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Inappropriate use of medicines in acute care for the elderly related to a focus on acute care, providers’ passive attitudes about learning, and paternalistic decision making

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 Q What are the perspectives of healthcare providers and patients on the appropriateness of medication use in elderly patients on acute care hospital wards?

DESIGN

Qualitative study.

SETTING

Acute care wards for the elderly in 5 hospitals in Belgium.

PARTICIPANTS

A purposive sample of 17 patients who were stable, had no cognitive impairment, had ⩾1 modification in chronic medication, and managed their own medication at home; 5 physicians and 4 nurses working on the wards; and 3 hospital pharmacists.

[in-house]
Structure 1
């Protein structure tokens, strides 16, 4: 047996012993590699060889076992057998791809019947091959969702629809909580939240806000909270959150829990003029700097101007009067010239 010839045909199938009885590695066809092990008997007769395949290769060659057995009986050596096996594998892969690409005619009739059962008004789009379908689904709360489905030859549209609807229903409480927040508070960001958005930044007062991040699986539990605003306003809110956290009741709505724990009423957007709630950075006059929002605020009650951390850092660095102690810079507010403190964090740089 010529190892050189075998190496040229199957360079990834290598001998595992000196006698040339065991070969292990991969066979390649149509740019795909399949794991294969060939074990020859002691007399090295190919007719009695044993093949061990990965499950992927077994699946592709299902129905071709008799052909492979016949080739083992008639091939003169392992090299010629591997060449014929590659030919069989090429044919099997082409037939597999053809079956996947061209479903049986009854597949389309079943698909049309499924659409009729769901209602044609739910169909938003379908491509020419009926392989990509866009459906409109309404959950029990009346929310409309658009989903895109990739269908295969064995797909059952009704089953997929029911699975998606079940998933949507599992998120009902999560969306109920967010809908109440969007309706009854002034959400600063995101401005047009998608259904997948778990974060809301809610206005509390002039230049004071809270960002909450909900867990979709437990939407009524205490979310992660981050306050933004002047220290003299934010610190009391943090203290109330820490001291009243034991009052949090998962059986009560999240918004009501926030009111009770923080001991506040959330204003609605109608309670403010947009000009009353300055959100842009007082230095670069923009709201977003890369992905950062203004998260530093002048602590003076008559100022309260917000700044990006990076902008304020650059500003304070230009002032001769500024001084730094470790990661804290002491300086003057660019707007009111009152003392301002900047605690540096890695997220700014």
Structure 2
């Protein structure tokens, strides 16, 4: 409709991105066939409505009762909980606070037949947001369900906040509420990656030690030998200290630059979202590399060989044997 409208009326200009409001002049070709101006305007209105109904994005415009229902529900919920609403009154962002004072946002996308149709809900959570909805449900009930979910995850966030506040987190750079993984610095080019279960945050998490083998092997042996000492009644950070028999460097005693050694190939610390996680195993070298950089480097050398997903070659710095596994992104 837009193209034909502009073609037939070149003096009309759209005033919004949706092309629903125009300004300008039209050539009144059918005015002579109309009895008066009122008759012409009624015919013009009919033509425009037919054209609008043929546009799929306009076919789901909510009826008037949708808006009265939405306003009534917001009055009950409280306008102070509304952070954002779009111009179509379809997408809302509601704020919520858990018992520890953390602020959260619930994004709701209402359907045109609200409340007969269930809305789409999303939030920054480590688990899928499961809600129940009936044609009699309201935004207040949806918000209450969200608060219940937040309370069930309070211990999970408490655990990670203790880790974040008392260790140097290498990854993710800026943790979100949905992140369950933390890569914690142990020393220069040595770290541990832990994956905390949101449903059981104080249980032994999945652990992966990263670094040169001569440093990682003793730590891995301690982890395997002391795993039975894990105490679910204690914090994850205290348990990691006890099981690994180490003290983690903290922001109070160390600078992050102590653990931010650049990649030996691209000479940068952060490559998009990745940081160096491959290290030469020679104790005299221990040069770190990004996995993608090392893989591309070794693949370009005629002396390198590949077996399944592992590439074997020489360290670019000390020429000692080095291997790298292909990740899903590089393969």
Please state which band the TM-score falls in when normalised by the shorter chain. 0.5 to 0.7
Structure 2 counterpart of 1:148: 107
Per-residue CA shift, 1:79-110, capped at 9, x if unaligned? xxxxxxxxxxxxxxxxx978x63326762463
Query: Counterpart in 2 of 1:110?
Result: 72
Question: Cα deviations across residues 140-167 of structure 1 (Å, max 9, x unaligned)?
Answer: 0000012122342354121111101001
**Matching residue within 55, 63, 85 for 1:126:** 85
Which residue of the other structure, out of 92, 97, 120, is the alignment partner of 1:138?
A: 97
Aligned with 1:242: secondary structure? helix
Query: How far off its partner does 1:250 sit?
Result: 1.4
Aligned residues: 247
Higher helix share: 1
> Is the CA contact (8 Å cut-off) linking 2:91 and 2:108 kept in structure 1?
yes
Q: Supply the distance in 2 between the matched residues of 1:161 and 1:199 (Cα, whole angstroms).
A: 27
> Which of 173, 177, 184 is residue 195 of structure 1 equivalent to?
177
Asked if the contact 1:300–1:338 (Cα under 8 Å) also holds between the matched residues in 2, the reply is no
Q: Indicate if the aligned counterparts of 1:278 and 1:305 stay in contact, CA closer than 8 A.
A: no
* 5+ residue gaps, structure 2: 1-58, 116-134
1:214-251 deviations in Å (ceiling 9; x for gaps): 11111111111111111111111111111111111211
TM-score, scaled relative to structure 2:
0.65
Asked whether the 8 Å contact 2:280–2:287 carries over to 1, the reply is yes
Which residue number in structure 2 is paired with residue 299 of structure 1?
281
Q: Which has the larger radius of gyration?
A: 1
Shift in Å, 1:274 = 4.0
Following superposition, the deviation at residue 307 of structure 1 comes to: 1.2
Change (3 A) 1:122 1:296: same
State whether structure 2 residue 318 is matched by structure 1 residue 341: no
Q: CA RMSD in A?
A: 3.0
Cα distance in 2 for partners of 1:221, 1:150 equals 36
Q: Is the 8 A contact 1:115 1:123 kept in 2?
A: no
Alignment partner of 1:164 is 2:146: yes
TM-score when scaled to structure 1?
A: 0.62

METHODS

Data were collected using individual semistructured interviews (doctors, nurses, pharmacists, and 5 patients), focus groups (12 patients), and observation of the main activities on 2 wards (by 2 pharmacists). Interviews and focus groups were taped and transcribed verbatim. Observations of events relating to medicine use were recorded in notes, which were written up in detail using an observation grid. Data were analysed using grounded theory principles from both biomedical and sociological perspectives.

MAIN FINDINGS

Most providers felt that prescribing was sometimes inappropriate and that patient counselling was insufficient. 3 categories underpinned the inappropriate use of medicines. (1) Reliance on general acute care and short term treatment. Most providers thought that they …

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